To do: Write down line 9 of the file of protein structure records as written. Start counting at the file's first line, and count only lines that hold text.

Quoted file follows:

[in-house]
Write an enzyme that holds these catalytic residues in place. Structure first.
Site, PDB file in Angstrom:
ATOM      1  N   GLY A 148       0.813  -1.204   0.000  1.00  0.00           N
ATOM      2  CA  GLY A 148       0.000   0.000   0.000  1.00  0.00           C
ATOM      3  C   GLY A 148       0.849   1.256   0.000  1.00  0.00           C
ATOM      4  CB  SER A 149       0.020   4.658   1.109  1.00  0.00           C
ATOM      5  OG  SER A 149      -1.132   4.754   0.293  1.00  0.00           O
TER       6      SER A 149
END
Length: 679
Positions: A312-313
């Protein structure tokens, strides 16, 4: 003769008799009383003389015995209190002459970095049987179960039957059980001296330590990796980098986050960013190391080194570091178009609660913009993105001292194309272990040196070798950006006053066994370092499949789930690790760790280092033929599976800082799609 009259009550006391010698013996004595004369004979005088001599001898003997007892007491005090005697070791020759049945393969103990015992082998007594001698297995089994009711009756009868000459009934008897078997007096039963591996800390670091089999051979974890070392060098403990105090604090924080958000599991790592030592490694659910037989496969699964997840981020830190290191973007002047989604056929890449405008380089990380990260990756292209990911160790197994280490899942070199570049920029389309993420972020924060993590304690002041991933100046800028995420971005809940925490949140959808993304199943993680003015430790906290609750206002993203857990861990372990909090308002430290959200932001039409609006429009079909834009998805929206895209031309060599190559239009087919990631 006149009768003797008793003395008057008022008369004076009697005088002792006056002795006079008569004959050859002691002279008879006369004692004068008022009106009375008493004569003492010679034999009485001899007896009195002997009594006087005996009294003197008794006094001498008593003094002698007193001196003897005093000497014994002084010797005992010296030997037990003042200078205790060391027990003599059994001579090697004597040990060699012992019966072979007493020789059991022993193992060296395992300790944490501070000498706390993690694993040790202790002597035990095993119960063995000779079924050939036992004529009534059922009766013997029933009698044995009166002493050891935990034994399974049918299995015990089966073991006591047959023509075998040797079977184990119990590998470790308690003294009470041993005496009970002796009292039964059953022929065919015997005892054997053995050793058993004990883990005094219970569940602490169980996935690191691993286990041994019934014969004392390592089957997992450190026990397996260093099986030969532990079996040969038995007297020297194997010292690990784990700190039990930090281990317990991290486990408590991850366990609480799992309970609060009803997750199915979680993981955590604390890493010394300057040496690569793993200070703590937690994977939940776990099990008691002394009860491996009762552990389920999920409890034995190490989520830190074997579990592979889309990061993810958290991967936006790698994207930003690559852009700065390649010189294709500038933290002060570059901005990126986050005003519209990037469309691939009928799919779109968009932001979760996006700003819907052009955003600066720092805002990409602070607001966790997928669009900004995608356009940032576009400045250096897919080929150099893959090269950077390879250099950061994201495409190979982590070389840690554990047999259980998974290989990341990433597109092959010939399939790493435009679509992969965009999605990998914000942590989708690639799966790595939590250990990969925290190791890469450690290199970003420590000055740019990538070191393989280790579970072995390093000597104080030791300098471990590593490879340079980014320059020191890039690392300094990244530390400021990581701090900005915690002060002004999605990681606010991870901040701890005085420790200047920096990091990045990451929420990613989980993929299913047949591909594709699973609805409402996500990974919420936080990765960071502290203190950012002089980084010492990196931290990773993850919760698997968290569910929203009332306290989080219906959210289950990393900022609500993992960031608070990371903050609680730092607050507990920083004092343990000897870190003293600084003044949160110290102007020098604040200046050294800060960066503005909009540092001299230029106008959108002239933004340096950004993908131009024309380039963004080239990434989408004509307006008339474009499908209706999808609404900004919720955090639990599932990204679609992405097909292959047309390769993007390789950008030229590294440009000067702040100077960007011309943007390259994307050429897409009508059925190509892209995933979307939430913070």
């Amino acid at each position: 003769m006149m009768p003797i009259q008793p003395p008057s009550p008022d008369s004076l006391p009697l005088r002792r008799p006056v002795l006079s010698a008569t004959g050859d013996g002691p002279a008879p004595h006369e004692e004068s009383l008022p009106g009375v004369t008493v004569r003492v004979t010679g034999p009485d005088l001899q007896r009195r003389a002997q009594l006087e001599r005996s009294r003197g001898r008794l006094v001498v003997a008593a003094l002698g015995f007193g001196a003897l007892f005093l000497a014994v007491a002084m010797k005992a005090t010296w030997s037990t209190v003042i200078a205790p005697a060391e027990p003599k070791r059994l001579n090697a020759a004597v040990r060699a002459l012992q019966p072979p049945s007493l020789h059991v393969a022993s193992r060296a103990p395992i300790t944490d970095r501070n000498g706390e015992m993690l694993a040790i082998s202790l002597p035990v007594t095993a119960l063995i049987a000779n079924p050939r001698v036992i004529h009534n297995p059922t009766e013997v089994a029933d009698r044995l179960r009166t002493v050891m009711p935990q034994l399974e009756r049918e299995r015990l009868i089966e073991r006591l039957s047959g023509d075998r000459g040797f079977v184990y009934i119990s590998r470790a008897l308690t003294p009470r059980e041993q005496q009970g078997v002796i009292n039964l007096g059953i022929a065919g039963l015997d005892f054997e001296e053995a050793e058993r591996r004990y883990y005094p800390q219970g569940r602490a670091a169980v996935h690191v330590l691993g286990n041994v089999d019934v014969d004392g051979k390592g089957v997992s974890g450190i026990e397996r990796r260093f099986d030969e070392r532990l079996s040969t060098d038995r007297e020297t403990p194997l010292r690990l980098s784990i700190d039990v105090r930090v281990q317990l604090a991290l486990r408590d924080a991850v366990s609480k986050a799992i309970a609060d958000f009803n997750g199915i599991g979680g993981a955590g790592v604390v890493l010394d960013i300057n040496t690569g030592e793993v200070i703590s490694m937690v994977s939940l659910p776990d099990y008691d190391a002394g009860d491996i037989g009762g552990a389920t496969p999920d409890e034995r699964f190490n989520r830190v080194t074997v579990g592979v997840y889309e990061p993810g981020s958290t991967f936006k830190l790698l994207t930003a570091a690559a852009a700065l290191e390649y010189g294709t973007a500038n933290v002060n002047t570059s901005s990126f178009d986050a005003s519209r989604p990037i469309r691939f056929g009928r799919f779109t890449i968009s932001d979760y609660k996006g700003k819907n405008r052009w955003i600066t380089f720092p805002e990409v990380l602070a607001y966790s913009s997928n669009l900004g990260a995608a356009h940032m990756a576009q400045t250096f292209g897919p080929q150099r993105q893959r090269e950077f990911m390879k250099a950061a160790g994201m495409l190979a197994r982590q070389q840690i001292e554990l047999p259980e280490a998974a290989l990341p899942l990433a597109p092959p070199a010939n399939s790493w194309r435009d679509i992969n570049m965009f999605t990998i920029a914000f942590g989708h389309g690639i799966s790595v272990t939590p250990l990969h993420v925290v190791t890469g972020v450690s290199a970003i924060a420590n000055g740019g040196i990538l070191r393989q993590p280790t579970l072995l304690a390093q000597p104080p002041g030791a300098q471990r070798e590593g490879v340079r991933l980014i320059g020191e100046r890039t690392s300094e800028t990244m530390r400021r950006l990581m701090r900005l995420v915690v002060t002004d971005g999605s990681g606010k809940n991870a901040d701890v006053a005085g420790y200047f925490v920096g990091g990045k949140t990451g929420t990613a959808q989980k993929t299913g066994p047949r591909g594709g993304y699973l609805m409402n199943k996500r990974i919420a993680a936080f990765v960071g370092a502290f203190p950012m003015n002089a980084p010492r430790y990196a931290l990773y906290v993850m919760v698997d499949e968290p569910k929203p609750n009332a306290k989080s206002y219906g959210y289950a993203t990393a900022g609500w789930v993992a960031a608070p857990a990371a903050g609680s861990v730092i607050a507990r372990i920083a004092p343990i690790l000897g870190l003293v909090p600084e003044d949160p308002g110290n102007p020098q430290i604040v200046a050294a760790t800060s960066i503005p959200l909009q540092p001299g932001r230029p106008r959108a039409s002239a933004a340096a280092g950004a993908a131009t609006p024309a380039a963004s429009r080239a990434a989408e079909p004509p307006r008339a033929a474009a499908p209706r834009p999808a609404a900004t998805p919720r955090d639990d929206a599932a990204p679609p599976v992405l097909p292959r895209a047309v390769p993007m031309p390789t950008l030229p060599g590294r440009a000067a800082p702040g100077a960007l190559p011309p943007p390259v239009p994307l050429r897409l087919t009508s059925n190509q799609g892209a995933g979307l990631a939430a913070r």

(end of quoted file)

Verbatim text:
TER       6      SER A 149